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  • Backyard Chickens for Beginners

  • A Practical Handbook to Raising Chickens in a Happy Backyard Flock, Choosing the Right Breed, Feeding and Health Care.
  • By: Tom Lee
  • Narrated by: Aaron Miller
  • Length: 3 hrs and 4 mins
  • Unabridged Audiobook
  • Categories: Science & Engineering, Science

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Summary

Learn how to raise healthy chickens.

When starting a backyard chicken coop, one of the first decisions you'll have to make is which breed of chicken you will raise. Each breed has specific characteristics and can be used for different purposes. In general, though, chicken breeds break down into three groups: egg layers, meat chickens, and dual-purpose chickens.

Egg layers produce both a nice quantity and quality of egg. Egg color can also be a factor here. Despite what you have seen in the market, not all chicken eggs are white or brown! Some chickens lay blue, green, or pink eggs which may be less desirable.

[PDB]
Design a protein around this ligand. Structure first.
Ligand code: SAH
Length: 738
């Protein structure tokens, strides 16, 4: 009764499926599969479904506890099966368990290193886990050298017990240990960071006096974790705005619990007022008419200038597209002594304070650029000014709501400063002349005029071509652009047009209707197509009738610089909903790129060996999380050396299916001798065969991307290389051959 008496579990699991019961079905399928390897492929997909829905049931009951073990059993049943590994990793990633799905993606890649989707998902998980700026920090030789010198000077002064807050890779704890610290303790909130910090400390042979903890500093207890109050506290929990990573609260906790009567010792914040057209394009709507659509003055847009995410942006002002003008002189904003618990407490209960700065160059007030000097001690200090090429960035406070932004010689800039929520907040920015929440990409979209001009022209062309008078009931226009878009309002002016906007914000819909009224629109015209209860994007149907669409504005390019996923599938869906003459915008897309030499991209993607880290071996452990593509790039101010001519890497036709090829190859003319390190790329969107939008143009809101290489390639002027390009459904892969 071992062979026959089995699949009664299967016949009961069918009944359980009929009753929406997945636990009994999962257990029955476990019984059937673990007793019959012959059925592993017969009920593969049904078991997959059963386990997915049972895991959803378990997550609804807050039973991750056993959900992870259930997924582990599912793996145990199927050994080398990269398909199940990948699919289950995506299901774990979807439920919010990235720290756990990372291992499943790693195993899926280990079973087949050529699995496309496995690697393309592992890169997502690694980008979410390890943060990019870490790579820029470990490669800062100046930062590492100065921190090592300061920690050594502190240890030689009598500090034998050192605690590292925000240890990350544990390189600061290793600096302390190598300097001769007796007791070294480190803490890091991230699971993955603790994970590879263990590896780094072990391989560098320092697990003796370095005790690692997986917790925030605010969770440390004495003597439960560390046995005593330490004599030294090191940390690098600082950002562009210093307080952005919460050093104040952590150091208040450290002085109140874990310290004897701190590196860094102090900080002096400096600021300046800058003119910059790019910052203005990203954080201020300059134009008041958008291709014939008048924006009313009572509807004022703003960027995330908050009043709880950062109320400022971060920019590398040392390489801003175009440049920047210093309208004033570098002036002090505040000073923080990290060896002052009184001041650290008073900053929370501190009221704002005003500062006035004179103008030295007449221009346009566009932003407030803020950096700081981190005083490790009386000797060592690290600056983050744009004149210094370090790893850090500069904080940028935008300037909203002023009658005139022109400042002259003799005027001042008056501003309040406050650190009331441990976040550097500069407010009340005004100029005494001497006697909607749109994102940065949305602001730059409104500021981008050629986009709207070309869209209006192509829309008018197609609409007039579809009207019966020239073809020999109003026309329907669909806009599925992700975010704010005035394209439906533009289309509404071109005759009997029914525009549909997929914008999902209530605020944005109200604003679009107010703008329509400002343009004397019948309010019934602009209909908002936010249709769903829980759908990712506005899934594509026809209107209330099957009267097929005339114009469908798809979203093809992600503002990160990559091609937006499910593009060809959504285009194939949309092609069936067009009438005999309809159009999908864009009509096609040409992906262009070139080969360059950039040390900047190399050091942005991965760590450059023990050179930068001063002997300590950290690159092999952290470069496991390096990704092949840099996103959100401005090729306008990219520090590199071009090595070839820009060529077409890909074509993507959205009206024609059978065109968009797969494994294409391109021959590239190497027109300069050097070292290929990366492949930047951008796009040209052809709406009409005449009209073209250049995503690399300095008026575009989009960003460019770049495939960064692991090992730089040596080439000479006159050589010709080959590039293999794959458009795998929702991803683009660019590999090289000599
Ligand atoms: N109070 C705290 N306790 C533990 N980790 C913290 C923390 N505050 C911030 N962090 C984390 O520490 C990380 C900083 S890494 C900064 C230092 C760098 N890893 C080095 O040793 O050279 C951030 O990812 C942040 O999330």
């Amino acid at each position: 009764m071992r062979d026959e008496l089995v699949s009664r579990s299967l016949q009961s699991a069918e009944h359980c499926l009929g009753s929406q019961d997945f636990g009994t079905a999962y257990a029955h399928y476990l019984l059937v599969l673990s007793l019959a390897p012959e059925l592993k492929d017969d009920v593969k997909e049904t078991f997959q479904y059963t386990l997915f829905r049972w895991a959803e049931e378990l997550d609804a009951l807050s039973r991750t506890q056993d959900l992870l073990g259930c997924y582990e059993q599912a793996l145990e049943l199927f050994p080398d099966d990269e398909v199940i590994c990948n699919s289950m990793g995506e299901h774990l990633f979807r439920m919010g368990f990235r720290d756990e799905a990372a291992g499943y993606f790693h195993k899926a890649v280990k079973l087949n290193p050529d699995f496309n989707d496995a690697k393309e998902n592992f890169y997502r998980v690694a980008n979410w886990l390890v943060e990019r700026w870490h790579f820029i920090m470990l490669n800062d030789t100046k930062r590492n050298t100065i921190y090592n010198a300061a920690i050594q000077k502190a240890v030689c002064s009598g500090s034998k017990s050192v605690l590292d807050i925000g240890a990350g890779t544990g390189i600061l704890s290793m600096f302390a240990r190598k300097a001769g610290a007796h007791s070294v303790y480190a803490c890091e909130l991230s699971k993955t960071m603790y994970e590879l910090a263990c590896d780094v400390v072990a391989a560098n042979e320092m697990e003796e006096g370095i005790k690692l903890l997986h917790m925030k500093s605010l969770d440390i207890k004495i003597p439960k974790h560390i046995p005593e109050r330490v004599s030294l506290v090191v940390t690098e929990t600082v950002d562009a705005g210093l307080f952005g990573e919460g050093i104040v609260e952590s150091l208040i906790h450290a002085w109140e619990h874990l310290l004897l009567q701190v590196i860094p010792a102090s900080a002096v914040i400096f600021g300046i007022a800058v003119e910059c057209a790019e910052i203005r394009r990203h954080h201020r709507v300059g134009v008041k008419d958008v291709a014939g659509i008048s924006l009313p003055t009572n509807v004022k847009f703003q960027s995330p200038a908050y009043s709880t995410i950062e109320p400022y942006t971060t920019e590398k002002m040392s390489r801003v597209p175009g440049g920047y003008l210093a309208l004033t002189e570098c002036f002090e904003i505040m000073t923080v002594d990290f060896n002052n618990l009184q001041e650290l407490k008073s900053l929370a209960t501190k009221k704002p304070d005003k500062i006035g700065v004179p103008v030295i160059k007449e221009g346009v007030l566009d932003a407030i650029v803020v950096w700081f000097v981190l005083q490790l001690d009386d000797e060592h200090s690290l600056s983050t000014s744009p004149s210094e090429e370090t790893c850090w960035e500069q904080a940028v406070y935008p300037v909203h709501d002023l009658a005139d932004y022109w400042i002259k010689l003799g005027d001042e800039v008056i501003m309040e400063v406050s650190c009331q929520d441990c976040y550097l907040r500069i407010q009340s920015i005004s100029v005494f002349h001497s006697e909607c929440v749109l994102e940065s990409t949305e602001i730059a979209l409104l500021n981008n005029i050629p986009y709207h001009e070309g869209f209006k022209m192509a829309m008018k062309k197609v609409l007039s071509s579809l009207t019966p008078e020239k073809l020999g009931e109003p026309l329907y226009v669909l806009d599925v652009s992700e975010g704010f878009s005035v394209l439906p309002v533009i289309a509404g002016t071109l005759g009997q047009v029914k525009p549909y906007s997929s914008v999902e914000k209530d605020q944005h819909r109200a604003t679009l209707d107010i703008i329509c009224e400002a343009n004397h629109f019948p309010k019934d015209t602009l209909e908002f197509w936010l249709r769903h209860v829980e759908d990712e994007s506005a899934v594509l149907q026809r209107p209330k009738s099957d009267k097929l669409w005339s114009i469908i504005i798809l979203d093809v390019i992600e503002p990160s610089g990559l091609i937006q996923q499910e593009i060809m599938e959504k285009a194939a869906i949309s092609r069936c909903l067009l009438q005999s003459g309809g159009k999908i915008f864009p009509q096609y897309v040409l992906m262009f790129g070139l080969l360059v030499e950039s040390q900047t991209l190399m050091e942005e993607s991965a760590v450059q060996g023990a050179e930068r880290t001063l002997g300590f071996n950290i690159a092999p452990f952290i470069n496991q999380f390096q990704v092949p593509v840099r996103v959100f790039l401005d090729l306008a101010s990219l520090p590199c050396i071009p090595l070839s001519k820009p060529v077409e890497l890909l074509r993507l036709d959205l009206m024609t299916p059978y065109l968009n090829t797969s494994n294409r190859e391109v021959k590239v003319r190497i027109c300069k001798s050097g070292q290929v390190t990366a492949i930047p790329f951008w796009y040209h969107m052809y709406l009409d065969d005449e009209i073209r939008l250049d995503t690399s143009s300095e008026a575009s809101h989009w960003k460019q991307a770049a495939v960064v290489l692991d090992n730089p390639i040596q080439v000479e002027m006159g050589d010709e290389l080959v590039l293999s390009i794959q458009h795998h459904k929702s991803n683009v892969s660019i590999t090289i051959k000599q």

The Leghorn chicken is the best egg-layer that is commonly used by beginners. A mature hen can lay up to 280 eggs in one year. The eggs are large, and white to off-white in color. Leghorns tend to be smaller than other backyard chickens and have a good nature suitable for a backyard flock. Many commercial farms use the Leghorn as their egg layer of choice.

What you are going to learn in this book:

  • What are the best backyard chicken breeds?
  • Should you raise meat chickens?
  • Introducing new chickens to your existing flock
  • Hidden costs of raising chickens
  • Problems you should expect with raising backyard chickens

Meat chickens, sometimes called fryers or broilers, are raised for the meat they can provide. If meat is what you want from your flock, then size and weight matter. Some good meat chickens, like the New Hampshire Red, can grow up to nine pounds. You'll also want to make sure the skin color and shape of the chicken breed is suitable for cooking. In general, a nice rounded chicken with yellow skin (under the feathers) is preferred.

©2020 Tom Lee (P)2021 Tom Lee

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